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Women board directors in Maryland still lag national average

Women board directors in Maryland still lag national average

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060916 BLT A daily layout.inddWhile the number of companies with no women in their boardrooms or executive suites has decreased from 17 to 14 in the past year, Maryland still lags behind the national average in its percentage of women directors, according to the latest report from Network 2000.

Overall, the number of women directors at Maryland companies increased to 91, up by one since 2014. Companies with 20 percent or more women directors increased to 31.6 percent, up slightly from 28.6 percent, the report said.

060916 BLT A daily layout.indd“We see that as a real positive momentum,” said Ellen Fish, a member of Network 2000, a nonprofit that advocates for gender diversity in leadership positions. Each year, the organization looks at data from companies headquartered in Maryland that are on major exchanges including AMEX, NYSE and NASDAQ.

Of the state’s four Fortune 500 companies, Bethesda-based hotelier Marriott International appointed two additional women directors to its board, increasing the percentage of board seats held by women at Fortune 500 companies in the state to 26.8 percent.

But women only make 14.4 percent of directors in Maryland, well under the national average of 20.1 percent. Twenty-three Maryland companies don’t have a single woman director, including six companies that haven’t had a woman on their board since Network 2000 started keeping track in 2006.

“It’s surprising to me that there are still 23 companies with no women directors. Still,” said Fish.

Among those 23 is Hunt Valley-based Sinclair Broadcasting. The company did not return a phone call requesting comment.

One of Maryland’s most visible companies, Under Armour, continues to only have one woman on its board. The Baltimore company added Karen Katz, CEO of Neiman Marcus, as its first woman board member in 2014. At its annual meeting in April, one shareholder raised the issue and asked CEO Kevin Plank what he was going to do to change that.

“It doesn’t happen overnight, it’s a long-term commitment. It’s something that begins in management,” said Plank.

He also said that he is very happy with his current board.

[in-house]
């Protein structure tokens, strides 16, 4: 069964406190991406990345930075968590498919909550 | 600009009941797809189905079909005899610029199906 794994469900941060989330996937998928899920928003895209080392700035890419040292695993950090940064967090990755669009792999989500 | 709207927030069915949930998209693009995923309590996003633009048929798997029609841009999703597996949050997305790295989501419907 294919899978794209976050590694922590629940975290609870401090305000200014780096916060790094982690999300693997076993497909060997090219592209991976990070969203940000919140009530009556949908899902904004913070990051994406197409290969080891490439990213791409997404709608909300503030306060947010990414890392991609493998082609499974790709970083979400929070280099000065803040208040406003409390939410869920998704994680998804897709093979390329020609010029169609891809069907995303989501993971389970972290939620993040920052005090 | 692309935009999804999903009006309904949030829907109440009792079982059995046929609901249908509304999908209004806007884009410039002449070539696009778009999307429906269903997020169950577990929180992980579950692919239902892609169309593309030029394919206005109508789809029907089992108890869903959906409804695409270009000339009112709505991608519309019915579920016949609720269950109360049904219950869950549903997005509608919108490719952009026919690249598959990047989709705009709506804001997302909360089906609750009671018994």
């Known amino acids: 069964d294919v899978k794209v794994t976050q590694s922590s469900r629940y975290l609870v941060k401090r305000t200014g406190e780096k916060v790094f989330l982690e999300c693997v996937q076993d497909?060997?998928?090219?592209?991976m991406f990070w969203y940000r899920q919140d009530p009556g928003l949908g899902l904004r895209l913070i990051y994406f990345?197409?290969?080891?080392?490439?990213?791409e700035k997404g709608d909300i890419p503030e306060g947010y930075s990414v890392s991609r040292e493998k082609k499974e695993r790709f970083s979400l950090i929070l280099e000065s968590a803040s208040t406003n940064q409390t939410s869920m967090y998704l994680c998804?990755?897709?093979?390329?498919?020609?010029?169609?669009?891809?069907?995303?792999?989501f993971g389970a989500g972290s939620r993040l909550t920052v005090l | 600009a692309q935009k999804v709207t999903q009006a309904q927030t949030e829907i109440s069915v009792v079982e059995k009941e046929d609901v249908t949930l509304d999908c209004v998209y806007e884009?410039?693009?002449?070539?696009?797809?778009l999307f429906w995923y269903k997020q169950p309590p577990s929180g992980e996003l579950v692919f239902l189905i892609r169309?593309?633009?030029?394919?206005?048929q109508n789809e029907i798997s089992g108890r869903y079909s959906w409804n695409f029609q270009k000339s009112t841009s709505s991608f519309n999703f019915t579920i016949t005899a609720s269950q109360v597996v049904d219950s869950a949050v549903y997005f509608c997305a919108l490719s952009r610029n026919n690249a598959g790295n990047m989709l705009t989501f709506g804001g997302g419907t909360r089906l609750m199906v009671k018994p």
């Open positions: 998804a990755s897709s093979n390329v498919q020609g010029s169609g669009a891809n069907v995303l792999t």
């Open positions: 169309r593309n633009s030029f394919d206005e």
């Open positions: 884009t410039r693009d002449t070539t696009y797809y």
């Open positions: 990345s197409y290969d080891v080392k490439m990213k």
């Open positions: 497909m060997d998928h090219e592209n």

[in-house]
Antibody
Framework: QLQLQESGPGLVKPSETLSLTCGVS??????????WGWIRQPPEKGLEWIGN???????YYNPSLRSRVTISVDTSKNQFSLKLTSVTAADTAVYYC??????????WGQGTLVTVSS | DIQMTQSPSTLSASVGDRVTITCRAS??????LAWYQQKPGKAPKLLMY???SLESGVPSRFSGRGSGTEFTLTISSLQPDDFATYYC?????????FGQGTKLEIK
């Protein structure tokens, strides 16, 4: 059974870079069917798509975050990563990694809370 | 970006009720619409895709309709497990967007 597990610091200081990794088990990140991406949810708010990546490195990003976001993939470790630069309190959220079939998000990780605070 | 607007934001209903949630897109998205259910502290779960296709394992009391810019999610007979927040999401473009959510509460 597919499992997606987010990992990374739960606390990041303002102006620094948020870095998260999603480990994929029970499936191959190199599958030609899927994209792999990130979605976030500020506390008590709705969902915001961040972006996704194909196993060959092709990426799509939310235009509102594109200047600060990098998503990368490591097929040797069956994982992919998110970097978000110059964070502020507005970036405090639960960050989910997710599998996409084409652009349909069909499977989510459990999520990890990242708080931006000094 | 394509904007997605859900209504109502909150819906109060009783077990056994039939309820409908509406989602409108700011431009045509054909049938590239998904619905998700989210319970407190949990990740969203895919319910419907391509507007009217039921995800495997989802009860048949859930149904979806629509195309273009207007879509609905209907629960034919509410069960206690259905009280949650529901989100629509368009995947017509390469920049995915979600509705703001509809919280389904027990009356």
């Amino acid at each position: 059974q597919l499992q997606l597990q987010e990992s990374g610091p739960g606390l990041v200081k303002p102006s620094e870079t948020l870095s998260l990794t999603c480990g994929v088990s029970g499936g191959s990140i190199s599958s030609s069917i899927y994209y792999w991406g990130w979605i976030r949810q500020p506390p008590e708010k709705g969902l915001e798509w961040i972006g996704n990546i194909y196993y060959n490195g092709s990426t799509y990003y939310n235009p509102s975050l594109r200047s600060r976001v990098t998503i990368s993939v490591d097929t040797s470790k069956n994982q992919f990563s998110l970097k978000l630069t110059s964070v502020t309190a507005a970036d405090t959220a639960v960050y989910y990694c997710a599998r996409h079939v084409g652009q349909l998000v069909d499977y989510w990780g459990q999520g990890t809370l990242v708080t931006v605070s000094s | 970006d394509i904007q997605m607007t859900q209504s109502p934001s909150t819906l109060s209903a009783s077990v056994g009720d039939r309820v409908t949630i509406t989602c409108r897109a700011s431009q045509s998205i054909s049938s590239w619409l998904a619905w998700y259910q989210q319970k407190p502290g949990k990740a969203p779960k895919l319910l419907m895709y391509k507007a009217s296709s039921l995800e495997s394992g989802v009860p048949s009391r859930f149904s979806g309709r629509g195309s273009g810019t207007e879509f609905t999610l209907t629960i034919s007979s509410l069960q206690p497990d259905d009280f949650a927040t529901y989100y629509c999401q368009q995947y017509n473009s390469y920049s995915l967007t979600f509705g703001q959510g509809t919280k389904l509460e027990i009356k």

“The last thing we would ever do is make a decision just because someone fits a gender or race type,” said Plank. “There’s no one checking any boxes at Under Armour.”

An Under Armour spokeswoman deferred to Plank’s remarks from April when asked for comment on Wednesday about Network 2000’s report.

060916 BLT A daily layout.inddFish agreed that gender diversity starts at the top, but for a brand that is trying to expand its business among women she thinks the Under Armour can do better.

“One could argue that one woman board member is not representative of the client base they serve.”

Fish also rejected the notion that having women on a board was about “checking boxes.”

“We don’t believe in checking boxes either,” she said. “We believe qualified women should be considered whether it’s an executive level position or a board level position.”

Network 2000 encourages companies to take a holistic approach to workplace diversity.

“It does start from the top down,” said Fish.

She gave the example of Johnson & Johnson’s Diversity University, an online program that teaches employees about understanding differences and inherent stereotypes in gender, race and sexuality.

This year’s Network 2000 report featured 11 companies in its “honor roll” for having 20 percent or more women on their boards and executive suites, including Lockheed Martin, which has four women board members, the highest of any Maryland company, tied with Marriott International and First United Corporation.

“This achievement is reflective of our commitment to create a diverse and inclusive work environment. From our board of directors through every level of our organization, we embrace the diverse talents and perspectives of our people to power innovation and drive business success,” said a Lockheed Martin spokeswoman.

Aside from identifying Fortune 500 companies, the report holds companies of all sizes to the same standard.

“The importance of diversity has nothing to do with the size of the company,” said Fish.

Looking at workforce diversity, a company’s talent pipeline and recruiting efforts can be done with existing resources, she said.

“That doesn’t cost any money to do.”

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